The Capuchin Catacombs, is a museum composed entirely of mummified people who once lived in Palermo, Italy - it is the living dead museum. They are dressed in the attire of their times, or the attire of their occupation and spend eternity as a history lesson for those still alive. The very first occupant of the catacombs was a monk Brother Silvestro who died in 1599.
Mummification does not guarantee the stop of decay, as such, many mummies are wired back together as they fall apart. Sometimes the cadavers resemble screaming because the jaw slacked and needs to be reattached.
The walls and rooms are covered with clothed mummies - some officers and soldiers, some painters, plenty of monks, a number of teachers, lawyers. Male, female, old, young, rich or poor.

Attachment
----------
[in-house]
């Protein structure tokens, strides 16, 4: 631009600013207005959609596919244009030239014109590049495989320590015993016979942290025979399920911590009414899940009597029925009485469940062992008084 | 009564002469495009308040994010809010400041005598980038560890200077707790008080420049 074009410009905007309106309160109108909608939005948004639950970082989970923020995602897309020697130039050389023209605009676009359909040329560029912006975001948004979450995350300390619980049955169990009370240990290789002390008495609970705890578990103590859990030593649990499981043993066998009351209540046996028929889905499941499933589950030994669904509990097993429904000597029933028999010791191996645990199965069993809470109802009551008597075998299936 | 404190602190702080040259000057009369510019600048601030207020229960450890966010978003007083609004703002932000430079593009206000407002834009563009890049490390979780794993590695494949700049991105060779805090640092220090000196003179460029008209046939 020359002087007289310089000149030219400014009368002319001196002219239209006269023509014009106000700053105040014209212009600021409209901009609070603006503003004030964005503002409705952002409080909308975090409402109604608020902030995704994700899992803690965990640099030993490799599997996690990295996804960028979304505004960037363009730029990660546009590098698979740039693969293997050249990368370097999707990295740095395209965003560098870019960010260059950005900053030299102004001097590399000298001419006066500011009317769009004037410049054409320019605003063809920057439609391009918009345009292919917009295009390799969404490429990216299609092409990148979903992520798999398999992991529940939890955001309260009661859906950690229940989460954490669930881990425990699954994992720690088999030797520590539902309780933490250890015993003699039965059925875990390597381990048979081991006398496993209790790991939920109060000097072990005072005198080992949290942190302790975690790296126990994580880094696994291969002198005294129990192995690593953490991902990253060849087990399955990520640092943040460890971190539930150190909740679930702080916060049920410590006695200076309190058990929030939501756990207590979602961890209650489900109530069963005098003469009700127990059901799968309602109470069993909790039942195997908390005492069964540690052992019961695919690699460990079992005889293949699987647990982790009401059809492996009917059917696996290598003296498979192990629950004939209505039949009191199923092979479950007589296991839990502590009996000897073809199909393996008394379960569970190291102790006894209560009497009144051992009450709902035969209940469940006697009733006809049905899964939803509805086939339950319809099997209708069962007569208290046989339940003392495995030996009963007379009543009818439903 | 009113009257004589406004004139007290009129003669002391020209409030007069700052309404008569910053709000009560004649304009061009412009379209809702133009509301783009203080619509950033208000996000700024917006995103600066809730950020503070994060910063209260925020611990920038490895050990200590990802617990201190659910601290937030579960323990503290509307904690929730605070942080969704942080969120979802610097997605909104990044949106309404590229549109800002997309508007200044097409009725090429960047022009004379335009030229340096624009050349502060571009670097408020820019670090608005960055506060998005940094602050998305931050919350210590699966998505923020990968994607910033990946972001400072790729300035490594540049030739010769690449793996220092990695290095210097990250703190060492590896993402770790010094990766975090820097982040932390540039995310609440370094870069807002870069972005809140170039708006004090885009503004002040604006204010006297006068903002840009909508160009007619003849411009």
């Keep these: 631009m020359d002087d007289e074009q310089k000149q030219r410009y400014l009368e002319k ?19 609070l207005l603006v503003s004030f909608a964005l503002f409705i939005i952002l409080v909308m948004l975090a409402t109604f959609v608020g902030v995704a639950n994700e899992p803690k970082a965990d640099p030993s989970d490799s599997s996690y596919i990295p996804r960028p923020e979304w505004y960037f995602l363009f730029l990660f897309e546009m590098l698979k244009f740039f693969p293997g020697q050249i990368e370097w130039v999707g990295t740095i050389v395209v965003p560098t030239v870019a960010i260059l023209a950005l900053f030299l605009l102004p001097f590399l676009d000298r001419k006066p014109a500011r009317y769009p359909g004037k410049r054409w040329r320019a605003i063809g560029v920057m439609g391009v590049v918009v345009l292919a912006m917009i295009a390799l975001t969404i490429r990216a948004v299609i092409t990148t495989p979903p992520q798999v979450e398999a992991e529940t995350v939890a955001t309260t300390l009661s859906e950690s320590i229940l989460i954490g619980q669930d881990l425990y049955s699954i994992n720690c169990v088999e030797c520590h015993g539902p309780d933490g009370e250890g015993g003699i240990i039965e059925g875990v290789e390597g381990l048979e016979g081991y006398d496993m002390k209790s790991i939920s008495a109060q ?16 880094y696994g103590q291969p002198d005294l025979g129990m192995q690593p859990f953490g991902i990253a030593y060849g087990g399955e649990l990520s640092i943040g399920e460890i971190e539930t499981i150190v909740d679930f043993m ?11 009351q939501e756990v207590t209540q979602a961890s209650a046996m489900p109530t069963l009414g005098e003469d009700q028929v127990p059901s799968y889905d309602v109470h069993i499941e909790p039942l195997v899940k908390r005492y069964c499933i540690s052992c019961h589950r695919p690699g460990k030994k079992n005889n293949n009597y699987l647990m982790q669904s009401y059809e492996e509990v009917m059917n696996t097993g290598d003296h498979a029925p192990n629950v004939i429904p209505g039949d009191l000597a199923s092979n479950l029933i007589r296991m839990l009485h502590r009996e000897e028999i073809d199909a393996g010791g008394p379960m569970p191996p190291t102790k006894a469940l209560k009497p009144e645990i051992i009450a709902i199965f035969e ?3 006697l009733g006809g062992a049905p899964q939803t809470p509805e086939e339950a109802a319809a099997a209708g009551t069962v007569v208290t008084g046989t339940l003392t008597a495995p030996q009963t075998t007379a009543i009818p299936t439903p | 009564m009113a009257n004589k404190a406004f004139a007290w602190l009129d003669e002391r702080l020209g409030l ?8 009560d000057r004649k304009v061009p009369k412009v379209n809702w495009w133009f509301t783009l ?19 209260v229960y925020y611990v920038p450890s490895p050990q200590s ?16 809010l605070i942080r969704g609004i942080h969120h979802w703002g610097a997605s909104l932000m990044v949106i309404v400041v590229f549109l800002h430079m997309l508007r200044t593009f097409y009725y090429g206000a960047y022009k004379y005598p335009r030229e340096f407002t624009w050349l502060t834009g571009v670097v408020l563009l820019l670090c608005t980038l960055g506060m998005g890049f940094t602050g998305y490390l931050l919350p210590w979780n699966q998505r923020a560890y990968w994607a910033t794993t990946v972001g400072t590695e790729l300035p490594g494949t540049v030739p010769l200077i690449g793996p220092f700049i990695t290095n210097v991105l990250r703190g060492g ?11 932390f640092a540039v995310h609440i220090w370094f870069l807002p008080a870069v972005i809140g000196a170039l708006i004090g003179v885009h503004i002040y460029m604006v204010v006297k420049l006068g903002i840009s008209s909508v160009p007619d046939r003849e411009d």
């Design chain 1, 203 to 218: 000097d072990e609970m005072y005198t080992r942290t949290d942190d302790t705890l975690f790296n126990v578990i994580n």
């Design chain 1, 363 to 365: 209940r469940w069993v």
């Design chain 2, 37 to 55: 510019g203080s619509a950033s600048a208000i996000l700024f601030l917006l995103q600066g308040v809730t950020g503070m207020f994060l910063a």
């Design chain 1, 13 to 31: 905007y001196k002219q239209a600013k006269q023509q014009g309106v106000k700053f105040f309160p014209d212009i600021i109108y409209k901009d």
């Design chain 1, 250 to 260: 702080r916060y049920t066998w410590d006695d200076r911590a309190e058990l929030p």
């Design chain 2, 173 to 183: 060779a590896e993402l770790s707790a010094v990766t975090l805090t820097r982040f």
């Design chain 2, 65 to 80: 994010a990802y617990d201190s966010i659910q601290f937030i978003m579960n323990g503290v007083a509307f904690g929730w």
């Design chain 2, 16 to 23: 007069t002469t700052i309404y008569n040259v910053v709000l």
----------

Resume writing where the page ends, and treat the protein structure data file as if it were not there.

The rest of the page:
The original (and still most common) method of mummification was that of dehydrating the bodies by the use of cells that resembled a barbecue pit. Known as strainers the cadaver stayed there for about eight months to a year naturally draining it's fluids and drying up a bit. The environment where the bodies were dehydrated had a perfect mix of coolness and humidity allowing the bodies to dry out slowly but not rot. Once ready they were removed, washed with vinegar, lodged with sweet smelling herbs and dressed for display.
During periods of epidemics the bodies were often first dipped in arsenic or lime.
L. (2014, August 21). Capuchin Catacombs in Palermo, Italy. Retrieved March 19, 2017, from https://hubpages.com/education/Capuchin-Catacombs